I took these photos there. 


 This is the central courtyard with the Pool of Reflection
                                                                     where the Eternal Flame (pictured below) almost seems to
                                                                     float in its dish on the water.
                                                                   




                                                   The Eternal Flame
















The Roll of Honour
The red is from the multitude of red paper poppies which have been placed by visitors in niches in the bronze plaques bearing the names of the dead.



The experience was saddening and deeply moving as I looked at the plaques with so many young lives cut short.

 Lest we forget.

Thursday, April 24, 2014

Unicorns and Rhinoceros - A-Z Blog Challenge

I've got a bit of a thing about unicorns, especially this kind.





The photo is of a silvery grey fridge magnet given me by a friend who knows my weakness for these mythical creatures. Lovely, isn't it. It raises my spirits every time I see it.

This is one of what we tend to view unicorns as today - all elegant with a sleek racehorse body, flowing mane and tail and a glorious twisted horn in the centre of its forehead - although, unlike this one, they were traditionally white. There were earlier versions, though,where the body was more like that of a goat and it had cloven hoofs.

The most interesting things about the unicorn to me, though, are its universality and its ancient roots.
For example, there's the Chinese quilin which, admittedly, apart from its horn, bears little resemblance to the European unicorn. Then there's the Japanese kirin which is more like the European version.

But if we look back the earliest known image of unicorns (which may, however, just be a side on representation of a bull showing only one horn) is from stone seals found in the Indus Valley and dating from 2500 BC. Moving forward in time the ancient Greeks certainly believed in the existence of one horned animals, recording two quite different creatures both of which they described as living in what to them was the mysterious and exotic country of India.

The European idea of the unicorn came in part from the Biblical descriptions of a fierce and untameable one horned animal, the re'em, and those ancient writings but was also influenced by the Germanic legends of the Einhorn. It changed into something different with the Middle Ages when it took on Christian symbolism on one hand, while also being linked with courtly love on the other.

From the Renaissance on images of the unicorn appeared all over the place. It showed up in heraldry, on royal and national coats of arms like that of the UK, in fakery - narwhale horns were sold as purporting to be from unicorns, in fiction and art and even in this children's nursery rhyme dating from around 1707 which Lewis Carroll used as part of Alice Through the Looking Glass :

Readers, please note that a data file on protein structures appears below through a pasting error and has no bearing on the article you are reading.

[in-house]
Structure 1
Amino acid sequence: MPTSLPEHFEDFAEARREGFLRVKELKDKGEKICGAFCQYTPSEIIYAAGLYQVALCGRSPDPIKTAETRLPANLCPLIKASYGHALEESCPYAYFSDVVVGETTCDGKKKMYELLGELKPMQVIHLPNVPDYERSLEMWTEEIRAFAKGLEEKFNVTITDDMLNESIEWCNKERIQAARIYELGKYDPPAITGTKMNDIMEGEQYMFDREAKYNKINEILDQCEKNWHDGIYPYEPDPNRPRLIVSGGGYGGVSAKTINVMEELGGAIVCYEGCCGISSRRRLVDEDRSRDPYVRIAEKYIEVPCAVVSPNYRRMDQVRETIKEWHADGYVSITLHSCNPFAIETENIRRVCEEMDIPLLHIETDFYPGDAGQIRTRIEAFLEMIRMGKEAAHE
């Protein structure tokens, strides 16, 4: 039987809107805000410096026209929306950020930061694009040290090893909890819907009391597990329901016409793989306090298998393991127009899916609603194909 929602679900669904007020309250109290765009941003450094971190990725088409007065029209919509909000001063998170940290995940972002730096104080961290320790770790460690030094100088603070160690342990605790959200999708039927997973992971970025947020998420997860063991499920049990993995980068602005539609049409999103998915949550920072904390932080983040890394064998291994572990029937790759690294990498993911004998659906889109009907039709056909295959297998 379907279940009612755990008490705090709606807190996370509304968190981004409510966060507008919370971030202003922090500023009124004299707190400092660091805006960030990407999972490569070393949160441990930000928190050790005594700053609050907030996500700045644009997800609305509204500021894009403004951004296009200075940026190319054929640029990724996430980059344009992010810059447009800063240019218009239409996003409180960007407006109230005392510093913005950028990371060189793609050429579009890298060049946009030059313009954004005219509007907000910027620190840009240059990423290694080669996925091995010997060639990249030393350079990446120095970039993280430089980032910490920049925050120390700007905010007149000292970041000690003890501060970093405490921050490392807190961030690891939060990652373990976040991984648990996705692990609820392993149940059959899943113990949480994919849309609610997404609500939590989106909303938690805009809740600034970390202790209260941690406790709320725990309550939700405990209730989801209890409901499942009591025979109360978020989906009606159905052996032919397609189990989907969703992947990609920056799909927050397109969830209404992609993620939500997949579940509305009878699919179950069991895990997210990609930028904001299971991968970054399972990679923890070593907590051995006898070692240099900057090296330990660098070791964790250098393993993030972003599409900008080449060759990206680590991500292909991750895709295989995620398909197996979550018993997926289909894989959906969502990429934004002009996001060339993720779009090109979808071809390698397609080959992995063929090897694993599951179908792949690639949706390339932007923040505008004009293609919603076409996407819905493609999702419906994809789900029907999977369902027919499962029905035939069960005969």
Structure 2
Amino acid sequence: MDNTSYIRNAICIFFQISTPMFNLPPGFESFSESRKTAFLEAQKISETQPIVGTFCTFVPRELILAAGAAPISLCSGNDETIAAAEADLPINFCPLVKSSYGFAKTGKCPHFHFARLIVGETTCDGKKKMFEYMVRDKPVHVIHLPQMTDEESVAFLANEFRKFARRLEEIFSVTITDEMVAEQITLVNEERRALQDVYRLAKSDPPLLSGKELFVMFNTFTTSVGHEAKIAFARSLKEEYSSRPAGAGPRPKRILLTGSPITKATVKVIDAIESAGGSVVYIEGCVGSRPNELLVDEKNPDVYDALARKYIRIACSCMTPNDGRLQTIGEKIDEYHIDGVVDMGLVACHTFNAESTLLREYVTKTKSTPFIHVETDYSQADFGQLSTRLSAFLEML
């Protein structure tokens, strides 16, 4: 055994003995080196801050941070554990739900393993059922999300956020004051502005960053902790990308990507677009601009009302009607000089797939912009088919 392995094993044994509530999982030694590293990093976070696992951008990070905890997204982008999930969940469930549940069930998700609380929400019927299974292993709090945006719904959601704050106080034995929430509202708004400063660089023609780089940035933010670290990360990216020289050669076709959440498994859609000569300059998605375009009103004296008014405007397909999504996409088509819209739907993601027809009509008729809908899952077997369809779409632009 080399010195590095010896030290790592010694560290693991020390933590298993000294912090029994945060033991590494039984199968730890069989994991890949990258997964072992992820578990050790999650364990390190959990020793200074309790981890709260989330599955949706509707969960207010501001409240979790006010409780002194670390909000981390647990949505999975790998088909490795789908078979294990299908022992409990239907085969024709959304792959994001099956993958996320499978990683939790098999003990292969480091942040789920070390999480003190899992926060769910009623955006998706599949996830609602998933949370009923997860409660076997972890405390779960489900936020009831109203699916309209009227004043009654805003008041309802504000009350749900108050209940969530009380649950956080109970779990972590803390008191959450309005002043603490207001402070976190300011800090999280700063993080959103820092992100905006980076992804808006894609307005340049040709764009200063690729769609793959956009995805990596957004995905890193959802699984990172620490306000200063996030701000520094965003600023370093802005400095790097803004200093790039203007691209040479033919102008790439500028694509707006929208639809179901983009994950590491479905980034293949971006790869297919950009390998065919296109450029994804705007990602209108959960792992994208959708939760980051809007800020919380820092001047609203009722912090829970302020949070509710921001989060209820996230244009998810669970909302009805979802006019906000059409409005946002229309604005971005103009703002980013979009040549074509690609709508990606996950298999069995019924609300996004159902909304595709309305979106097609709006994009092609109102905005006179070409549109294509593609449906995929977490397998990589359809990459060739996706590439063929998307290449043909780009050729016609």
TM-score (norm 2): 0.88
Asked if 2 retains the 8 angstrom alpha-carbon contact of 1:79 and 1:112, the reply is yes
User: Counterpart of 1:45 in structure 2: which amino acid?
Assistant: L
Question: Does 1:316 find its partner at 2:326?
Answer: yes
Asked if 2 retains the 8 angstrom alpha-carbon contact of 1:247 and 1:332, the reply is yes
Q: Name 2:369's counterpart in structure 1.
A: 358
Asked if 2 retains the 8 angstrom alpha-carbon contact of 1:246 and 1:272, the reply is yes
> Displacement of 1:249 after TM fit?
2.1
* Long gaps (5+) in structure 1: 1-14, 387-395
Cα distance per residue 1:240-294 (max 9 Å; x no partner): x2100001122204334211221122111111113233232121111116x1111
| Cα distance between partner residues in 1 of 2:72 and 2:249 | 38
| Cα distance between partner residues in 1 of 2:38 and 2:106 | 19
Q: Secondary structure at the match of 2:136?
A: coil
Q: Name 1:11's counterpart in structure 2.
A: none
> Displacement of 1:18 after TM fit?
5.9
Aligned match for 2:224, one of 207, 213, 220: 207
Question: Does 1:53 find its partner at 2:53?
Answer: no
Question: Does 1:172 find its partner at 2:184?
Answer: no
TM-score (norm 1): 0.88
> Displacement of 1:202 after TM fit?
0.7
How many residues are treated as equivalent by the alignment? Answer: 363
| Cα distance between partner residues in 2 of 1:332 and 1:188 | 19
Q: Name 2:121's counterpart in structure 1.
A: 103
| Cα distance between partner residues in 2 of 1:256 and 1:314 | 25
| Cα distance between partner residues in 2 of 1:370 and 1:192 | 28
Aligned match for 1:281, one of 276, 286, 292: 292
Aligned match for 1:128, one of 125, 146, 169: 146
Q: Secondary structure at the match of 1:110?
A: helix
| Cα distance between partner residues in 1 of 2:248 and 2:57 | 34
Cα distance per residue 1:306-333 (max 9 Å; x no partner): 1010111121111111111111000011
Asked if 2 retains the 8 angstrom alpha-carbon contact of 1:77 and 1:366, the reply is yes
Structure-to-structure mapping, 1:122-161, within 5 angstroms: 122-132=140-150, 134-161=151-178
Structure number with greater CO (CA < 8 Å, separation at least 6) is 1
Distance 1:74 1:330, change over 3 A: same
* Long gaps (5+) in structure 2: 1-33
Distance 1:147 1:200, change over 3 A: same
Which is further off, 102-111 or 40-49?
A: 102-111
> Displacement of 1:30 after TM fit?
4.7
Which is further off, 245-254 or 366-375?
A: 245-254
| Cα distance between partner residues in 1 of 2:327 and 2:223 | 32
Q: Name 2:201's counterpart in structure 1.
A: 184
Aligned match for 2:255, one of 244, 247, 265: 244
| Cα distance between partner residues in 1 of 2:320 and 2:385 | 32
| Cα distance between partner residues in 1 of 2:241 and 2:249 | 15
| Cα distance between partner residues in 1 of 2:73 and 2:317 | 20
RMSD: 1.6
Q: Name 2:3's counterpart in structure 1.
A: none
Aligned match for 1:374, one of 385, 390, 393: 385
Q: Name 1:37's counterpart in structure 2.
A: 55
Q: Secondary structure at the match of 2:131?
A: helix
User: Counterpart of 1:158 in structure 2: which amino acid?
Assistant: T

"The lion and the unicorn
 Were fighting for the crown.
 The lion beat the unicorn
 All around the town.

 Some gave them white bread,
 And some gave them brown,
 Some gave them plum cake
 and drummed them out of town."

All this may make us forget that we do still have living unicorns that may well be what the original stories were based on if the extraordinarily inaccurate representations of other creatures during the Dark and Middle Ages are anything to go on. These are the rhinoceros of India and Java and, sadly, it seems that some people still harbour fantastical beliefs about the magical qualities of their horns because they - and their two horned relatives in Africa and Sumatra - are under threat. Poachers slaughter them to take their horns mainly for use in traditional medicine in Asia (something for which there is no scientific evidence that it works) but also for use as dagger handles in Yemen and Oman This has led to three of the five species being critically endangered.

Many ways are being tried like making trade in rhinoceros horn illegal, armed patrols of national parks and game preserves, anaesthetising the animals and removing their horns and captive breeding programs. Most interesting is a new method which comes from research into ways to apply a tick prevention treatment. The horns of live, wild rhinos are infused with an antiparasitic drug to kill ticks and further experiments are being carried out with adding an indelible dye (which is visible even in minute quantities under x-ray). The tick treatment is harmless to rhinos and other creatures in their environment but is toxic to humans, causing nausea, diarrhoea and possible convulsions to anyone who ingests it which, to me, seems only fair in the circumstances.